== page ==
Effect of Auxiliary Grooves on Molar Crown Preparations Lacking Resistance Form: A Laboratory Study Academic Article uri icon

abstract

  • To investigate the effect of auxiliary grooves on resistance to dislodgment of crowns on compromised molar preparations lacking resistance form.Thirty human molar teeth were randomly assigned to three groups of ten, and prepared to a height-to-width ratio of 0.3 with a total convergence of 50 degrees , and 1-mm shoulder margin. Base metal alloy copings were constructed with a 45 degrees loading platform and cemented with zinc phosphate cement under a 50 N load. Initially, resistance testing was conducted using a Universal Testing Machine (Instron) at 1 mm/min for all 30 specimens. Following crown dislodgment, Group 1 copings were recemented and retested, Group 2 had one axial groove added, and Group 3 had two axial grooves added. New copings for Groups 2 and 3 were made, cemented, and again tested for resistance. Standardized radiographs were taken prior to initial cementation and scanned into digital images. The percentage of area occupied by the pulpal chamber above the acrylic mounting (PS), and the closest distance to pulp from the preparation surface (CD) were measured.Recementation or the addition of one groove did not affect the dislodgment values (p > 0.05), but addition of two grooves caused a highly significant increase in resistance (p < 0.001). Regression analysis showed an inverse relationship between initial resistance values and pulpal space area. Lower resistance values were observed when the pulpal space area was large (p= 0.004).Crowns can be recemented without affecting resistance to dislodgment. Two grooves should be incorporated into compromised molar crown preparations to increase resistance form. Teeth with large pulps and therefore less coronal dentine have poorer resistance form, and therefore would benefit from placement of auxiliary grooves.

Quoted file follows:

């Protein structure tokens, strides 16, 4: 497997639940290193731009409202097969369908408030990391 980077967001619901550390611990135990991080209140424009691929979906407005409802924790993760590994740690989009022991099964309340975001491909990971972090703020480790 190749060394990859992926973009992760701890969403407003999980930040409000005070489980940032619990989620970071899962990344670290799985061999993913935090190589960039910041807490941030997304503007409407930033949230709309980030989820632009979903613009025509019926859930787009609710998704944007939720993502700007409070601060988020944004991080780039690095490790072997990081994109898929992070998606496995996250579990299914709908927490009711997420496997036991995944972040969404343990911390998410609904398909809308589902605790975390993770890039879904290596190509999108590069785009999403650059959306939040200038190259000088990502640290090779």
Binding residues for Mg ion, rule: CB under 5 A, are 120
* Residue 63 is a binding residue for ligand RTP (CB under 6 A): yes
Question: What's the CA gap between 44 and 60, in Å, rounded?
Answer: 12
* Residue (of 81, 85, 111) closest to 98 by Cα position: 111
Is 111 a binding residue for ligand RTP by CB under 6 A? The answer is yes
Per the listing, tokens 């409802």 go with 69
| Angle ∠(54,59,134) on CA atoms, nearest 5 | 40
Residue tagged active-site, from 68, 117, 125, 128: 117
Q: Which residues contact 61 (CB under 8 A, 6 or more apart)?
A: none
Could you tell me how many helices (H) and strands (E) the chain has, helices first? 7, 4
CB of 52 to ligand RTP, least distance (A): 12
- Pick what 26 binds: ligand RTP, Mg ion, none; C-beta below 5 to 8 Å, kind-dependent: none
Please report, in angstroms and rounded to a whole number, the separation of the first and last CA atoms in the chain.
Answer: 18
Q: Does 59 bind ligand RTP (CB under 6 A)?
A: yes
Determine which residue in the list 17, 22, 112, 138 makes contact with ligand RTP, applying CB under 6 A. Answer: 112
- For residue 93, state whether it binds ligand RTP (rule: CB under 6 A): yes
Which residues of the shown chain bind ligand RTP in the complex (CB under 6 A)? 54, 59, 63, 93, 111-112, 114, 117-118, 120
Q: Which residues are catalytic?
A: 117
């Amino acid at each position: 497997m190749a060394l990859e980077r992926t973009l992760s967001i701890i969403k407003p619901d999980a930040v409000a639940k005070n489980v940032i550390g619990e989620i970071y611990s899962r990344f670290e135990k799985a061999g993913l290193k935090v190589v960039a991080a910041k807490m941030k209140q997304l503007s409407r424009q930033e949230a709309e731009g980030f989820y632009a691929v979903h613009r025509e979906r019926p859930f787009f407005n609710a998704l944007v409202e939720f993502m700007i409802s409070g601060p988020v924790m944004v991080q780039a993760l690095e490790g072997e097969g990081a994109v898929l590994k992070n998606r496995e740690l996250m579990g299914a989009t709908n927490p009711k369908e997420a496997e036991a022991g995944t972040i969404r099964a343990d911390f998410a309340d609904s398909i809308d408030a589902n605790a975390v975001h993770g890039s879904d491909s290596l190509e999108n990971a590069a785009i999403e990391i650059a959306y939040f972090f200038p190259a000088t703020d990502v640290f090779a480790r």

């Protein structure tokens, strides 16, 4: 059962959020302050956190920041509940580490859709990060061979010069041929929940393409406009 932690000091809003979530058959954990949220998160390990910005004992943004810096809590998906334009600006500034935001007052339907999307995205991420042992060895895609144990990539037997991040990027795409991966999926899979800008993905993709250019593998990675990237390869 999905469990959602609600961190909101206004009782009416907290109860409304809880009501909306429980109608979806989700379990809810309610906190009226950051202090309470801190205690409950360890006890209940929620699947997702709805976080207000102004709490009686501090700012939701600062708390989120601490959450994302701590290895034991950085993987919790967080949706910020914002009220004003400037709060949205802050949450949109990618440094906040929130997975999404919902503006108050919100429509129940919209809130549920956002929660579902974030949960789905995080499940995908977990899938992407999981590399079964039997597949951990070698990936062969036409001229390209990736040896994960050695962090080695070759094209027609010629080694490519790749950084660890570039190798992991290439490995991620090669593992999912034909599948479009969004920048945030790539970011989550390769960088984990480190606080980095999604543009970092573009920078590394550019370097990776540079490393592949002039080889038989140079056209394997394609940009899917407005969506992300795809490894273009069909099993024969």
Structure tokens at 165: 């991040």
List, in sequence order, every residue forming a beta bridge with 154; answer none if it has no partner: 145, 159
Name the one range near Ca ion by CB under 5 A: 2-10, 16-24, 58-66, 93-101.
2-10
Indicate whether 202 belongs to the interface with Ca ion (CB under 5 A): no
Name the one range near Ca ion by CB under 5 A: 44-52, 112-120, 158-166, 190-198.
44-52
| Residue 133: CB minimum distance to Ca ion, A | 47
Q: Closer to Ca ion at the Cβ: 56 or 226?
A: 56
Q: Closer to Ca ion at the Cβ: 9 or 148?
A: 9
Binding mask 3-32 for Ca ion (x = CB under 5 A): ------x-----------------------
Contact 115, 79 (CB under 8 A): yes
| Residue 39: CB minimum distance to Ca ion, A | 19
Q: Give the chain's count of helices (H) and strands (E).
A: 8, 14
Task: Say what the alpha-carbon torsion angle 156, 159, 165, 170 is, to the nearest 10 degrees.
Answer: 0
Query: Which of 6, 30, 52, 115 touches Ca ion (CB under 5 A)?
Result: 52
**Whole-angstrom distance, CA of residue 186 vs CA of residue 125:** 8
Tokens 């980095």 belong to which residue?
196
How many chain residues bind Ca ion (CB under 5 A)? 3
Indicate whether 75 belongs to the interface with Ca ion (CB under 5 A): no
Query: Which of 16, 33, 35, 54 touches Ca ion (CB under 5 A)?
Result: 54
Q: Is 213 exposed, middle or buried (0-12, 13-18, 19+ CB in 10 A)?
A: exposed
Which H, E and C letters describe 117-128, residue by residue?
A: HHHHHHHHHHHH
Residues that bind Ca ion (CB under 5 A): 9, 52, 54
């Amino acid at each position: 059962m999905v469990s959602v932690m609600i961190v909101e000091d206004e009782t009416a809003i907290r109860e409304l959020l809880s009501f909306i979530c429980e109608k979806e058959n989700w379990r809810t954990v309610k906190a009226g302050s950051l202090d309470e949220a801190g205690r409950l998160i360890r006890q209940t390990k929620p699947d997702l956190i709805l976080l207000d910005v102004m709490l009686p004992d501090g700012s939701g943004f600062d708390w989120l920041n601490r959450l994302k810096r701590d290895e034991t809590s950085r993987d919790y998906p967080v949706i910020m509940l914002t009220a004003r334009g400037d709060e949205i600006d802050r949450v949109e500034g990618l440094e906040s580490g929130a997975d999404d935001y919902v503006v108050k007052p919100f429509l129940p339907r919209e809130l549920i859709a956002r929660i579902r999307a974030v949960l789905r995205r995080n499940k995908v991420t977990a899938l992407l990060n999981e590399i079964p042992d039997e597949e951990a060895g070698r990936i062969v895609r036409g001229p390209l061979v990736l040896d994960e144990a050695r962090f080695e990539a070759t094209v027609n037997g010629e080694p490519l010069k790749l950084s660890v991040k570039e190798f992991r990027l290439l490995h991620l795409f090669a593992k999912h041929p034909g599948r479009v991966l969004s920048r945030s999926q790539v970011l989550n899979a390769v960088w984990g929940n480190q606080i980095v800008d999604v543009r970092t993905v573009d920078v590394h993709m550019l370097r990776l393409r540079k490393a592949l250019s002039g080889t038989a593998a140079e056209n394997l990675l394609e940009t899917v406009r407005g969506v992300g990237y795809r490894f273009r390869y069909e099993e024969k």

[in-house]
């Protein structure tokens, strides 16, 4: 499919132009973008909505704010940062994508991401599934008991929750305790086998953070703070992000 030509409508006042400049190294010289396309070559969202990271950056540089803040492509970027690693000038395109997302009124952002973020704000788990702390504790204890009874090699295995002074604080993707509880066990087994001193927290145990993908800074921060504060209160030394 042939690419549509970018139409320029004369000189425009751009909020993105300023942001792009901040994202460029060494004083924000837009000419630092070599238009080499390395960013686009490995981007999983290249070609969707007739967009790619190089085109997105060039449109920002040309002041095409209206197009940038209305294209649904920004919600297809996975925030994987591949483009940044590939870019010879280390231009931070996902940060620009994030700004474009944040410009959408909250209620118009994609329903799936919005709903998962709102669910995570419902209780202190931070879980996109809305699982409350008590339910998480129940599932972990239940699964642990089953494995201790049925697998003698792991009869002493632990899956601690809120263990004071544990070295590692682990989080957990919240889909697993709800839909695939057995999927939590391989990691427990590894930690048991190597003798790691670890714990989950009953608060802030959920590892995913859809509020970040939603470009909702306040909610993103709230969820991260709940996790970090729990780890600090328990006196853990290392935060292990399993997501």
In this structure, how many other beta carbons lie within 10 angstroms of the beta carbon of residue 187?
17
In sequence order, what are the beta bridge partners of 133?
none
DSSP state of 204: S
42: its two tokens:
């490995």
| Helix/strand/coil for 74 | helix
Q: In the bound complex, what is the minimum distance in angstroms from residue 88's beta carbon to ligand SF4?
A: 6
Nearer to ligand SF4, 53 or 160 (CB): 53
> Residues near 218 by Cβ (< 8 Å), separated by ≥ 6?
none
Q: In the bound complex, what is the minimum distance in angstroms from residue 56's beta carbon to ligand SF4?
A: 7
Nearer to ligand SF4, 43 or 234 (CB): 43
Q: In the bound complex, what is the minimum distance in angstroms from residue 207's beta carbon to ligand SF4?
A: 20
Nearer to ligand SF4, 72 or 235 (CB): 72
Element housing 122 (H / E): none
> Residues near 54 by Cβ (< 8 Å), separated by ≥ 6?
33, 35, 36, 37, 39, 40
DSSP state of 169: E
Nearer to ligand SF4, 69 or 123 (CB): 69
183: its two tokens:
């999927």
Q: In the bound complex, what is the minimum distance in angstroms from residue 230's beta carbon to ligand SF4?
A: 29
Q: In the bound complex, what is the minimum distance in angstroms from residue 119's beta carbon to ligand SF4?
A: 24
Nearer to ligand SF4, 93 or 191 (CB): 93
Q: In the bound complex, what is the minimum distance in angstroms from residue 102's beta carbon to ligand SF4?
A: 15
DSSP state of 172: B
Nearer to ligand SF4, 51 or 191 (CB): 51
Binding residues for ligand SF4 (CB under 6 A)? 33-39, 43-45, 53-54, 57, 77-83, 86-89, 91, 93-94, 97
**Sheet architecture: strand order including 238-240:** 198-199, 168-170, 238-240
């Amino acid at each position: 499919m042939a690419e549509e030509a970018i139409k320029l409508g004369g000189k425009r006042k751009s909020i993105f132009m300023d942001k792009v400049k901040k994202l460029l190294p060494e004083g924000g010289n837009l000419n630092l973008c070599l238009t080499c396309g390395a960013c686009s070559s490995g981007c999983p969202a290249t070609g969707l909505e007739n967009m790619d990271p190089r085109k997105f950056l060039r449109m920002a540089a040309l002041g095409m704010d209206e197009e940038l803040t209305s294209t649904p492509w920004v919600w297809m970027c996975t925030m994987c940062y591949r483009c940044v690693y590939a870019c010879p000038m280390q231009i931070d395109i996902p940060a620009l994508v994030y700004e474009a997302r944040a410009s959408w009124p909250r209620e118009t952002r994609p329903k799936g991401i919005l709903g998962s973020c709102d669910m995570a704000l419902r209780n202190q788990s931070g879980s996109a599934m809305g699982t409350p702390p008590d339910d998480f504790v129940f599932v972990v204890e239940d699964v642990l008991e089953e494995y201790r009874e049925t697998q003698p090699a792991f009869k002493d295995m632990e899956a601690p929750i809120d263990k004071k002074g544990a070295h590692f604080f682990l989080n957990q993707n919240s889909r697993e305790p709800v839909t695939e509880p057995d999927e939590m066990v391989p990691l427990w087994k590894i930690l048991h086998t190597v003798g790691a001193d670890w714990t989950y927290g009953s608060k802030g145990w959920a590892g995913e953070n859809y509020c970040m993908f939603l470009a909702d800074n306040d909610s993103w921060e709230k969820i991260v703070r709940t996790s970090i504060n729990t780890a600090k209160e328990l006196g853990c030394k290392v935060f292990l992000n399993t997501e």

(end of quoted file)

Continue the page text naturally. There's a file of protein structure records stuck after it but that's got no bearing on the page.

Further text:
publication date

  • February 2008